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Axeman
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11 Sep 2021, 10:54 am

I've heard these substances make concentrated sulfuric acid look like a wimp being billions of times more acidic. How is this possible?



Axeman
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11 Sep 2021, 11:00 am

Substances like flouroantimonic acid.



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17 Sep 2021, 9:55 pm

it's made up of molecules which really, really badly want to get rid of a proton. That makes them highly reactive in a specific way which is called "acidic".

Acid, in chemistry, means a specific way of reacting with other molecules, (there's different definitions of acids). And fluoroantimonic acid is very, very likely ro react acidic (giving off a proton) with anything but teflon, meaning teflon won't take up the proton, so the acid has to keep it.


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Axeman
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17 Sep 2021, 10:05 pm

shlaifu wrote:
it's made up of molecules which really, really badly want to get rid of a proton. That makes them highly reactive in a specific way which is called "acidic".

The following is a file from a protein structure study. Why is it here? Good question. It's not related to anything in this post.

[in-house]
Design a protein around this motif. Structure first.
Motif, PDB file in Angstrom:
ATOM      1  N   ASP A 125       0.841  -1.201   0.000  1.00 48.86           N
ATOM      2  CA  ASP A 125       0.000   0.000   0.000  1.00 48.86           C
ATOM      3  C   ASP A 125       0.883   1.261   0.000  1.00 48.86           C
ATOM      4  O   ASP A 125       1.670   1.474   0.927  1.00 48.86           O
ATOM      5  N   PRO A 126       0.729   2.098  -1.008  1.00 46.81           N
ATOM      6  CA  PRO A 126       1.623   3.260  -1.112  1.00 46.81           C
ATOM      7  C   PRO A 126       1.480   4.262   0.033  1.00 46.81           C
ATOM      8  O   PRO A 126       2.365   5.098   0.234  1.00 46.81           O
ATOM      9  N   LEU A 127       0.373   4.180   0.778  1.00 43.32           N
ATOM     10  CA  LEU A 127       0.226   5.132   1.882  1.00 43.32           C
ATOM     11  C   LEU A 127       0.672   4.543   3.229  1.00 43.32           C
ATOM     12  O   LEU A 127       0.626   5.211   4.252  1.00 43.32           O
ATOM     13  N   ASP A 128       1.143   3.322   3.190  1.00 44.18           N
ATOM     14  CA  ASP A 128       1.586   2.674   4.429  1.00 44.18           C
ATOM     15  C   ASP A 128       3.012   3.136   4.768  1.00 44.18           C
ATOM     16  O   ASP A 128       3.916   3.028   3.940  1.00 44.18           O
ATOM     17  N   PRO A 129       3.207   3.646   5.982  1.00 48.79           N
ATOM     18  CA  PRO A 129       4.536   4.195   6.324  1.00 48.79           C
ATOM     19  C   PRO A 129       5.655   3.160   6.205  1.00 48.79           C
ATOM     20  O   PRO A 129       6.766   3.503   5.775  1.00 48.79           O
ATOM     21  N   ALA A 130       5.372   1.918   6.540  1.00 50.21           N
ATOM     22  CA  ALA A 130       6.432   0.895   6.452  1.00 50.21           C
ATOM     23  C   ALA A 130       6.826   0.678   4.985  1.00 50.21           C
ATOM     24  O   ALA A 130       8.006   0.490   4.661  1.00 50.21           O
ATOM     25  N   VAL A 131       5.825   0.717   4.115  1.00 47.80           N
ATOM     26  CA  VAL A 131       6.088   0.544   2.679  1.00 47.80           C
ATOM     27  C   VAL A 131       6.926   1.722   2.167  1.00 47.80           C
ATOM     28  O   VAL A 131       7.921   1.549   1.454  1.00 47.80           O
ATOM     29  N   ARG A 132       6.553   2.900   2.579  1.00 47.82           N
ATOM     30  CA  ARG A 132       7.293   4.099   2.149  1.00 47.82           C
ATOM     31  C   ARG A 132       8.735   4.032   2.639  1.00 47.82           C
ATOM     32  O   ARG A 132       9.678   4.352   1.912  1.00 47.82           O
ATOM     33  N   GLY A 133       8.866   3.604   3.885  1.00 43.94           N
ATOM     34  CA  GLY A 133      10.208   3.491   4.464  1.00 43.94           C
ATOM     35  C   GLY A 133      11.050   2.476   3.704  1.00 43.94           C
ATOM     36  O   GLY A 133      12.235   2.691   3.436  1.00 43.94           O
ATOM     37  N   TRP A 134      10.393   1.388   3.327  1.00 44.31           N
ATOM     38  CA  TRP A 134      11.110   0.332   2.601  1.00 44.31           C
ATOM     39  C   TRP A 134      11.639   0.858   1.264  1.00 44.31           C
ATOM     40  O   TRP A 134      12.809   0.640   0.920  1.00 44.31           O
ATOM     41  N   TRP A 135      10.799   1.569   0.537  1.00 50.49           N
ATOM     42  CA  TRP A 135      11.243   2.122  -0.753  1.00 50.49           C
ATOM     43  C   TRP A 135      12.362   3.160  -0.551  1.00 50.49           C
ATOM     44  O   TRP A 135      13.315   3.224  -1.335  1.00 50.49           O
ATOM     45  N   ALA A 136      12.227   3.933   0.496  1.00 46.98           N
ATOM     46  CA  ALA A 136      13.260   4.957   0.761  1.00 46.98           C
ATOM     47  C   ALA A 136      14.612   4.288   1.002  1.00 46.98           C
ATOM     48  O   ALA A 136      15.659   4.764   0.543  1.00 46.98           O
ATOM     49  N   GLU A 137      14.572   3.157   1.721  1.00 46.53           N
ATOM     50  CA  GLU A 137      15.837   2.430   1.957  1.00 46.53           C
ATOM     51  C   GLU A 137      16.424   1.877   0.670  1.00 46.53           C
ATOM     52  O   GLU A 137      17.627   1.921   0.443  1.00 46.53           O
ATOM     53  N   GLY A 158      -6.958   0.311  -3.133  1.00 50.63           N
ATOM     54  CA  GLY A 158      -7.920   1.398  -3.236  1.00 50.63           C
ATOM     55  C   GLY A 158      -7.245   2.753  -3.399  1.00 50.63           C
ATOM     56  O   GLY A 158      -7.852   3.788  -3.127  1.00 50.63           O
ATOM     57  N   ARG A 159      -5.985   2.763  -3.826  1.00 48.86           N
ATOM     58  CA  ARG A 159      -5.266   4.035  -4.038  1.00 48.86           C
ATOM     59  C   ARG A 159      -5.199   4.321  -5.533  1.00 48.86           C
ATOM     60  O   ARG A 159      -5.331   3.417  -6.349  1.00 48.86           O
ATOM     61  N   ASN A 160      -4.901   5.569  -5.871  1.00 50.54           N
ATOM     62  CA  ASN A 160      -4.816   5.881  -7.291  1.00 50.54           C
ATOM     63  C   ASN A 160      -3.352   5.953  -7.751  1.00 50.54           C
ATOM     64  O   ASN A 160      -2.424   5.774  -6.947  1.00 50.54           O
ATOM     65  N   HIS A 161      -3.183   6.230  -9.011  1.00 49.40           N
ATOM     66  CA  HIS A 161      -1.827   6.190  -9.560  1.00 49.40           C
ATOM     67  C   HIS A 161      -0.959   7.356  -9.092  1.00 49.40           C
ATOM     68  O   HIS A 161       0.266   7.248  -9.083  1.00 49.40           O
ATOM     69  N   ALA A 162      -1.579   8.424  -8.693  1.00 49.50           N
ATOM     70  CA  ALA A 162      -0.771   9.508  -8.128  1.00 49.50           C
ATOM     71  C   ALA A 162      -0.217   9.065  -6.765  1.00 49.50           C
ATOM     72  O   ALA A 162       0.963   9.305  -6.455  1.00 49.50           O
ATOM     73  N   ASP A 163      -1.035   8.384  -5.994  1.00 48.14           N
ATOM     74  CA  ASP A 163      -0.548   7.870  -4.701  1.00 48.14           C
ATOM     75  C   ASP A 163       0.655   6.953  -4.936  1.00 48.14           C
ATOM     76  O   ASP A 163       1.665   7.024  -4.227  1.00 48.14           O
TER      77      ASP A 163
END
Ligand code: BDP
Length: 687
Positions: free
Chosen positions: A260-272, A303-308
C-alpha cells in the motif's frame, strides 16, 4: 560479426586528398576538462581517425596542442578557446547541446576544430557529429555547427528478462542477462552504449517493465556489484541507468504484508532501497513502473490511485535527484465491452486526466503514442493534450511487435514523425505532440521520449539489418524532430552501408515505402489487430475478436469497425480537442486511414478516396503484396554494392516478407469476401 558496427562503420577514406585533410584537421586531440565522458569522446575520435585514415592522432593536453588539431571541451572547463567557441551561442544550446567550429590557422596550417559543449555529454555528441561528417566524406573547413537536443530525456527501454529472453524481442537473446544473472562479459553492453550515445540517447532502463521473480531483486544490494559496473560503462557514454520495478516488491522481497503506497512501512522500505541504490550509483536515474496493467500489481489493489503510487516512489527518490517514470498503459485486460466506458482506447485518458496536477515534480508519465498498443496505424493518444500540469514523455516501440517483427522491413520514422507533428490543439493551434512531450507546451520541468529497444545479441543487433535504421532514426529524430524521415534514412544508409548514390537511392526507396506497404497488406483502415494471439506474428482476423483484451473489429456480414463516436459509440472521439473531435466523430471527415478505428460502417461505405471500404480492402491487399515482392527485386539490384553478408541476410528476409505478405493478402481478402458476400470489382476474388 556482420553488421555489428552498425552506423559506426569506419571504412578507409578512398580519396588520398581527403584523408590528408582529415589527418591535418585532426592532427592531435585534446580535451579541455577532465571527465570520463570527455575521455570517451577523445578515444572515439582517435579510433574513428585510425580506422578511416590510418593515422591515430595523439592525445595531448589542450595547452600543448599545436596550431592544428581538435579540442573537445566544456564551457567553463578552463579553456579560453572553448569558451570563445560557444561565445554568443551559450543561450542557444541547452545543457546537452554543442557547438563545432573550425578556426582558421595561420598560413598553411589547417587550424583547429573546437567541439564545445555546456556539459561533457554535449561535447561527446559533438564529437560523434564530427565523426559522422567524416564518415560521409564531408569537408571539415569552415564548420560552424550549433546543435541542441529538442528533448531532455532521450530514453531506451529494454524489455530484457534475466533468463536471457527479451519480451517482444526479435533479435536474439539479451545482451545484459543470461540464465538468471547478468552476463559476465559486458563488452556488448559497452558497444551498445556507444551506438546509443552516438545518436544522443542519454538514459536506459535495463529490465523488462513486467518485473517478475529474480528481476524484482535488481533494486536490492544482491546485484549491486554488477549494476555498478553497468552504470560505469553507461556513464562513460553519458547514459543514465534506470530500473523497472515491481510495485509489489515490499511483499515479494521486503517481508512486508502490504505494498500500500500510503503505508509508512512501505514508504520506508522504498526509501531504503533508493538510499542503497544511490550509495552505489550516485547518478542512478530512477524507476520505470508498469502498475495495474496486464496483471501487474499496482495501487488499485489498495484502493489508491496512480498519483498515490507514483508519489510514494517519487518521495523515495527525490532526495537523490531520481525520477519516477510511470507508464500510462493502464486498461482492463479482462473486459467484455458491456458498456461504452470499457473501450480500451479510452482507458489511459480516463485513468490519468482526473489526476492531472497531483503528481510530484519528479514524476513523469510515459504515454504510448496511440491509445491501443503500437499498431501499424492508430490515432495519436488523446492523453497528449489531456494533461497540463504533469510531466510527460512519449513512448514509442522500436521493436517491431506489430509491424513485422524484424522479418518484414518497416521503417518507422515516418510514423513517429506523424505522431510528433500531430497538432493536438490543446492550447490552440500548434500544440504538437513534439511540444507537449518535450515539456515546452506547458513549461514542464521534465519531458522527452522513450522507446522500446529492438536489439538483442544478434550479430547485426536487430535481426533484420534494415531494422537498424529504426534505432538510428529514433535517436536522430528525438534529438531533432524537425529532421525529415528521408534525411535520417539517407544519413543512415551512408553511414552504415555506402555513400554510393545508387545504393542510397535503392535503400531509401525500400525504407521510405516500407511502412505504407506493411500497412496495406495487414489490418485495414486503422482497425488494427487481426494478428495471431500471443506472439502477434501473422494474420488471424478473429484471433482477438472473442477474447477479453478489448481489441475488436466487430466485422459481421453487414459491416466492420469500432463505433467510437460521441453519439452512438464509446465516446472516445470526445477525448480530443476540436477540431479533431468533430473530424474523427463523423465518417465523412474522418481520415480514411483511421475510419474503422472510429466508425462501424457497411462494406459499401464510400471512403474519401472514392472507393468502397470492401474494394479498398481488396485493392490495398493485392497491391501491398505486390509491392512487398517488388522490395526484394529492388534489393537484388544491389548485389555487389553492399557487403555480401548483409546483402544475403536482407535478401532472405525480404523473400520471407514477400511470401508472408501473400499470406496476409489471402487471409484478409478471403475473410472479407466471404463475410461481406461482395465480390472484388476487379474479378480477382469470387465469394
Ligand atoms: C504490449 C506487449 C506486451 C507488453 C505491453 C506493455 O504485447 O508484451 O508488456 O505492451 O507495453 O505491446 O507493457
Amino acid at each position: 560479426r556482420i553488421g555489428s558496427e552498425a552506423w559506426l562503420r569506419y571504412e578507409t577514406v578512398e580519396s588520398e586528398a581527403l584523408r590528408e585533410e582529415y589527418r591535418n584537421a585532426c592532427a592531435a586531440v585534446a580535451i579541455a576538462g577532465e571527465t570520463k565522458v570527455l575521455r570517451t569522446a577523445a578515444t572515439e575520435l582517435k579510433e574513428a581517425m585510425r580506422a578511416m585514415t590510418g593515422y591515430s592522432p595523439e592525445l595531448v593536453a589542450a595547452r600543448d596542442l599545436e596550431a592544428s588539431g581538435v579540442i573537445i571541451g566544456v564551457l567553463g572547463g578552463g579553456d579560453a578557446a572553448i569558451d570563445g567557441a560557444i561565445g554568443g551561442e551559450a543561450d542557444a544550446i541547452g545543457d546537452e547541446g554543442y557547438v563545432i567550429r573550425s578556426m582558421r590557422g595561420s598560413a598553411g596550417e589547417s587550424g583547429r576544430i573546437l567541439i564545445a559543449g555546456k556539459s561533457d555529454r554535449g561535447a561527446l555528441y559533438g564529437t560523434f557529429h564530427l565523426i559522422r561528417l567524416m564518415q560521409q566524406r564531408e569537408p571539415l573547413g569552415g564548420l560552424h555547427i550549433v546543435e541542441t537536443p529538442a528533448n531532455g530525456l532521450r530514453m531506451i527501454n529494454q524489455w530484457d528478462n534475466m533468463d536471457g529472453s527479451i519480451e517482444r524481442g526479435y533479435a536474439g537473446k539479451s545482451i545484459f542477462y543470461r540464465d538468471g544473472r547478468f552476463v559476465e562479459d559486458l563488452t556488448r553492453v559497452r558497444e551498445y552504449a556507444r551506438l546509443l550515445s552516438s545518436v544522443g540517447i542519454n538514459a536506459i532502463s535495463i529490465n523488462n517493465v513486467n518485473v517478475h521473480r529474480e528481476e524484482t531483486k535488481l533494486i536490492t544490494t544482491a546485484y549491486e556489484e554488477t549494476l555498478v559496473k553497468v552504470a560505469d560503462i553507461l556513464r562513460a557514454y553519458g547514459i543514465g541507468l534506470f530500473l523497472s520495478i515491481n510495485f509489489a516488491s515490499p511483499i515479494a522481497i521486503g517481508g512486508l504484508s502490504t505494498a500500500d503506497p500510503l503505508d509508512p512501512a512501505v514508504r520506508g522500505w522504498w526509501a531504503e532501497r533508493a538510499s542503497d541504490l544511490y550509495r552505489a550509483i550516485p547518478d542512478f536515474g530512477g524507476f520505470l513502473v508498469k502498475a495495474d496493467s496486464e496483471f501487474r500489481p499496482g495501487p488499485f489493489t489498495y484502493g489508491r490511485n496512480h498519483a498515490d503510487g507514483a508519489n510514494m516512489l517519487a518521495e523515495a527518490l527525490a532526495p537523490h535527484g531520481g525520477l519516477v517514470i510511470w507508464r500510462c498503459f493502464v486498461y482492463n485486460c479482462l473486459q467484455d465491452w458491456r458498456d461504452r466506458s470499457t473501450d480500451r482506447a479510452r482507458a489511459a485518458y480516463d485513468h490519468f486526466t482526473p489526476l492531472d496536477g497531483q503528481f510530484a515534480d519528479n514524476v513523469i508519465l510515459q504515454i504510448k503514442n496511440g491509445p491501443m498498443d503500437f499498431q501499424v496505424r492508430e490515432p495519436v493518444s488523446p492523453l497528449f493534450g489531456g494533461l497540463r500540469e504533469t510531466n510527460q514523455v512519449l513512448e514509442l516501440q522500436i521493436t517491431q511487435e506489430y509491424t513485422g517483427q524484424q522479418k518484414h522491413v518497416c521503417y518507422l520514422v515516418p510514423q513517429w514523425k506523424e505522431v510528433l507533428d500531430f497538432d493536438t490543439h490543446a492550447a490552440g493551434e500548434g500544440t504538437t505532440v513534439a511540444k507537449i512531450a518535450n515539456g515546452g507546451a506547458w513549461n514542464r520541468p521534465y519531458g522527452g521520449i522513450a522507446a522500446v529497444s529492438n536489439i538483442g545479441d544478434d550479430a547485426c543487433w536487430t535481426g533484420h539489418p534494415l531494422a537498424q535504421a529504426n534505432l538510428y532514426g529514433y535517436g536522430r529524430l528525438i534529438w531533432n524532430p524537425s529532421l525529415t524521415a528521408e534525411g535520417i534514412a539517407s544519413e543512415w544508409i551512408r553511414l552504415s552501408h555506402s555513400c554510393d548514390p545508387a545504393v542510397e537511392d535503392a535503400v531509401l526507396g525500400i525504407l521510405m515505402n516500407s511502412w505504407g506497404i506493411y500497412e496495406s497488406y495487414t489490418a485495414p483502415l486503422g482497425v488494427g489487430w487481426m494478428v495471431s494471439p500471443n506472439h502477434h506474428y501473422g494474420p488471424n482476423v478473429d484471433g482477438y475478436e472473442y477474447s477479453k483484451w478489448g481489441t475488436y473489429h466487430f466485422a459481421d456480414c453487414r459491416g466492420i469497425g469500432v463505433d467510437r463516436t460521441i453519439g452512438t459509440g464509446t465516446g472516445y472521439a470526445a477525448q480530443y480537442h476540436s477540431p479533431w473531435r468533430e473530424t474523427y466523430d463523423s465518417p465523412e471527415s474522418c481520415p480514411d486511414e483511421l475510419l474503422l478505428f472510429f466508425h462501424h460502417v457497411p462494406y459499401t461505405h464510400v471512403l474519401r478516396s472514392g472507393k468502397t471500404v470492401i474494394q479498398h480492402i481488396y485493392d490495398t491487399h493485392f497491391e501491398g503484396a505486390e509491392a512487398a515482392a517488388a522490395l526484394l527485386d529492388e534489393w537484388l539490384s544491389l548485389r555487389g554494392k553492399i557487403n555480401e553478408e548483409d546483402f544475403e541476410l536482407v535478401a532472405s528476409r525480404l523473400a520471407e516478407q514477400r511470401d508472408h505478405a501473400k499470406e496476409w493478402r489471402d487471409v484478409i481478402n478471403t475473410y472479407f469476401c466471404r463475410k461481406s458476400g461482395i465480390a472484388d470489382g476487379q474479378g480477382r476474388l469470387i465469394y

Acid, in chemistry, means a specific way of reacting with other molecules, (there's different definitions of acids). And fluoroantimonic acid is very, very likely ro react acidic (giving off a proton) with anything but teflon, meaning teflon won't take up the proton, so the acid has to keep it.


It's formula is SbHF6. It has only one proton to give up, same as HCl. And if I recall correctly from Chemistry 101 HCl dissociates completely in water solution. Of course this dissociation is really an equlibrium with some going back to HCl. Is it that this equlibrium is much less with something like SbHF6?



QuantumChemist
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18 Sep 2021, 8:22 pm

Axeman wrote:
shlaifu wrote:
it's made up of molecules which really, really badly want to get rid of a proton. That makes them highly reactive in a specific way which is called "acidic".

Acid, in chemistry, means a specific way of reacting with other molecules, (there's different definitions of acids). And fluoroantimonic acid is very, very likely ro react acidic (giving off a proton) with anything but teflon, meaning teflon won't take up the proton, so the acid has to keep it.


It's formula is SbHF6. It has only one proton to give up, same as HCl. And if I recall correctly from Chemistry 101 HCl dissociates completely in water solution. Of course this dissociation is really an equlibrium with some going back to HCl. Is it that this equlibrium is much less with something like SbHF6?


The chemical formula is technically SbHF6, but the actual structure is much more involved. It has complex ions that cause it to act like it does. See the link below for more specifics on the ionic structure.